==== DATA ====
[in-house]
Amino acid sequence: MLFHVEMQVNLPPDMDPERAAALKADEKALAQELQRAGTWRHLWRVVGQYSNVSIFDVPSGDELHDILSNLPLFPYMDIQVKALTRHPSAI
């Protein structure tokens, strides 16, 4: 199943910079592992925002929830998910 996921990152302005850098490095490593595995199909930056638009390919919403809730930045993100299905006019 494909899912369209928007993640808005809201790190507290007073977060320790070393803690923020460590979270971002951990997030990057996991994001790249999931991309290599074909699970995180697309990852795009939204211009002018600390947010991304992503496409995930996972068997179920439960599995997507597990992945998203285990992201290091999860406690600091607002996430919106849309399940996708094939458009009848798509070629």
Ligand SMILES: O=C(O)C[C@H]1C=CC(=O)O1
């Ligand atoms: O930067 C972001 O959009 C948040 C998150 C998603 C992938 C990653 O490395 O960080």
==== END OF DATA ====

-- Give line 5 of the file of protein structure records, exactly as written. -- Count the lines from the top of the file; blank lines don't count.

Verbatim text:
């Ligand atoms: O930067 C972001 O959009 C948040 C998150 C998603 C992938 C990653 O490395 O960080």